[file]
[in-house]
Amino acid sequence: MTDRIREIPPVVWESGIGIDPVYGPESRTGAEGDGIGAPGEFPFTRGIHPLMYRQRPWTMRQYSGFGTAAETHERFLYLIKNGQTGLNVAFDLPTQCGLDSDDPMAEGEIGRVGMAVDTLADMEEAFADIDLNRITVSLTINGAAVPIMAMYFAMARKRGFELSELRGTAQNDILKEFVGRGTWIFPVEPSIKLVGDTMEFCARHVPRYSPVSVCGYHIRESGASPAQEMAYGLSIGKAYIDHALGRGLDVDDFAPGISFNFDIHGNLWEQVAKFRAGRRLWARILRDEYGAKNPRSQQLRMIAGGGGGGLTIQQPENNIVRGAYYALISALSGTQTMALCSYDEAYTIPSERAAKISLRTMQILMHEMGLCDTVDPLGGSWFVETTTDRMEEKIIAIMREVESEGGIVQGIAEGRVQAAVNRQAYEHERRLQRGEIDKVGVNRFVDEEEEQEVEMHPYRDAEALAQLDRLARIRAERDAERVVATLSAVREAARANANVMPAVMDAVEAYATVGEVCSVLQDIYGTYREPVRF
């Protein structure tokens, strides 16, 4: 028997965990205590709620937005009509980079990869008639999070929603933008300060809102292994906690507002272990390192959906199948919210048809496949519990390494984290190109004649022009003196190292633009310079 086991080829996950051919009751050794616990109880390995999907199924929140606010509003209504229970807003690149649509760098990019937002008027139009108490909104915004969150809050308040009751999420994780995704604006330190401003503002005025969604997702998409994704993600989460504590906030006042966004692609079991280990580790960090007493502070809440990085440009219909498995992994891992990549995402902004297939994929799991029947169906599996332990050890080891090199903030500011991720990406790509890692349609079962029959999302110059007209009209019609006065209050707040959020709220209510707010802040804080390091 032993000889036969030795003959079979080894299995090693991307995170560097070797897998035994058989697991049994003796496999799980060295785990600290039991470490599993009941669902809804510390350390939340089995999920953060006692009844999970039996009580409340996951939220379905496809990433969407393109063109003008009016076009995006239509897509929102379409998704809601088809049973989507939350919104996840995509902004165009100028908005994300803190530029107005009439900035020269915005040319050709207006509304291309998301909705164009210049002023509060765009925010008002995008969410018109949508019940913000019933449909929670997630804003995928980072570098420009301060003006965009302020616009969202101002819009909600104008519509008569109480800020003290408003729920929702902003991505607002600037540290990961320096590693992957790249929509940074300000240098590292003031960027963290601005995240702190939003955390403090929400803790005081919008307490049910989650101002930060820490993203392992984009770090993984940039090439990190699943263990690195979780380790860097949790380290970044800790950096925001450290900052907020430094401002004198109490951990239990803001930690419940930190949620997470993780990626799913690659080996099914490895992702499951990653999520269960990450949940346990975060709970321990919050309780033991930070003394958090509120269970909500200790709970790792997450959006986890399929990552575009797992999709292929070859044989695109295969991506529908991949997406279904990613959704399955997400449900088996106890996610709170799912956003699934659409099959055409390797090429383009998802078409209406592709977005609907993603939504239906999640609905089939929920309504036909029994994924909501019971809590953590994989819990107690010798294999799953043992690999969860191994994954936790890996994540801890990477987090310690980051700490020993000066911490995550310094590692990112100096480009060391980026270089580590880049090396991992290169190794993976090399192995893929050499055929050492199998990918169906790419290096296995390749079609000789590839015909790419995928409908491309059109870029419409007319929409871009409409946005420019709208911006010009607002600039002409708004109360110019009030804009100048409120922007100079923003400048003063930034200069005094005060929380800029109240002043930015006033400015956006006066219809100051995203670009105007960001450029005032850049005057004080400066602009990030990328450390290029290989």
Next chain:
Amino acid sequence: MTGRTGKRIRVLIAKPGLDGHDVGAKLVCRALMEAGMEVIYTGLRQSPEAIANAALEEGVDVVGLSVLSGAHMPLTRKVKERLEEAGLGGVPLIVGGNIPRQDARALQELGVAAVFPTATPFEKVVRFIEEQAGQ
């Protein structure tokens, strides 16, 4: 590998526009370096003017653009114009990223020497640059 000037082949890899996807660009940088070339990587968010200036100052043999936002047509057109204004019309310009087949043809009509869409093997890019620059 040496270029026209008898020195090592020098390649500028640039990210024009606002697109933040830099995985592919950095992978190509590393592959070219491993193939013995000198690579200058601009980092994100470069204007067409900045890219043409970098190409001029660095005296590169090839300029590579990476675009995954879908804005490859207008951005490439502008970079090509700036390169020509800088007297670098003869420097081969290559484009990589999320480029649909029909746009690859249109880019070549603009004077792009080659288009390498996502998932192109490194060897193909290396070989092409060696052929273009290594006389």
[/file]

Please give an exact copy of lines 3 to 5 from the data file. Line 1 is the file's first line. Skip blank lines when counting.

């Protein structure tokens, strides 16, 4: 028997965990205590709620937005009509980079990869008639999070929603933008300060809102292994906690507002272990390192959906199948919210048809496949519990390494984290190109004649022009003196190292633009310079 086991080829996950051919009751050794616990109880390995999907199924929140606010509003209504229970807003690149649509760098990019937002008027139009108490909104915004969150809050308040009751999420994780995704604006330190401003503002005025969604997702998409994704993600989460504590906030006042966004692609079991280990580790960090007493502070809440990085440009219909498995992994891992990549995402902004297939994929799991029947169906599996332990050890080891090199903030500011991720990406790509890692349609079962029959999302110059007209009209019609006065209050707040959020709220209510707010802040804080390091 032993000889036969030795003959079979080894299995090693991307995170560097070797897998035994058989697991049994003796496999799980060295785990600290039991470490599993009941669902809804510390350390939340089995999920953060006692009844999970039996009580409340996951939220379905496809990433969407393109063109003008009016076009995006239509897509929102379409998704809601088809049973989507939350919104996840995509902004165009100028908005994300803190530029107005009439900035020269915005040319050709207006509304291309998301909705164009210049002023509060765009925010008002995008969410018109949508019940913000019933449909929670997630804003995928980072570098420009301060003006965009302020616009969202101002819009909600104008519509008569109480800020003290408003729920929702902003991505607002600037540290990961320096590693992957790249929509940074300000240098590292003031960027963290601005995240702190939003955390403090929400803790005081919008307490049910989650101002930060820490993203392992984009770090993984940039090439990190699943263990690195979780380790860097949790380290970044800790950096925001450290900052907020430094401002004198109490951990239990803001930690419940930190949620997470993780990626799913690659080996099914490895992702499951990653999520269960990450949940346990975060709970321990919050309780033991930070003394958090509120269970909500200790709970790792997450959006986890399929990552575009797992999709292929070859044989695109295969991506529908991949997406279904990613959704399955997400449900088996106890996610709170799912956003699934659409099959055409390797090429383009998802078409209406592709977005609907993603939504239906999640609905089939929920309504036909029994994924909501019971809590953590994989819990107690010798294999799953043992690999969860191994994954936790890996994540801890990477987090310690980051700490020993000066911490995550310094590692990112100096480009060391980026270089580590880049090396991992290169190794993976090399192995893929050499055929050492199998990918169906790419290096296995390749079609000789590839015909790419995928409908491309059109870029419409007319929409871009409409946005420019709208911006010009607002600039002409708004109360110019009030804009100048409120922007100079923003400048003063930034200069005094005060929380800029109240002043930015006033400015956006006066219809100051995203670009105007960001450029005032850049005057004080400066602009990030990328450390290029290989």
Next chain:
Amino acid sequence: MTGRTGKRIRVLIAKPGLDGHDVGAKLVCRALMEAGMEVIYTGLRQSPEAIANAALEEGVDVVGLSVLSGAHMPLTRKVKERLEEAGLGGVPLIVGGNIPRQDARALQELGVAAVFPTATPFEKVVRFIEEQAGQ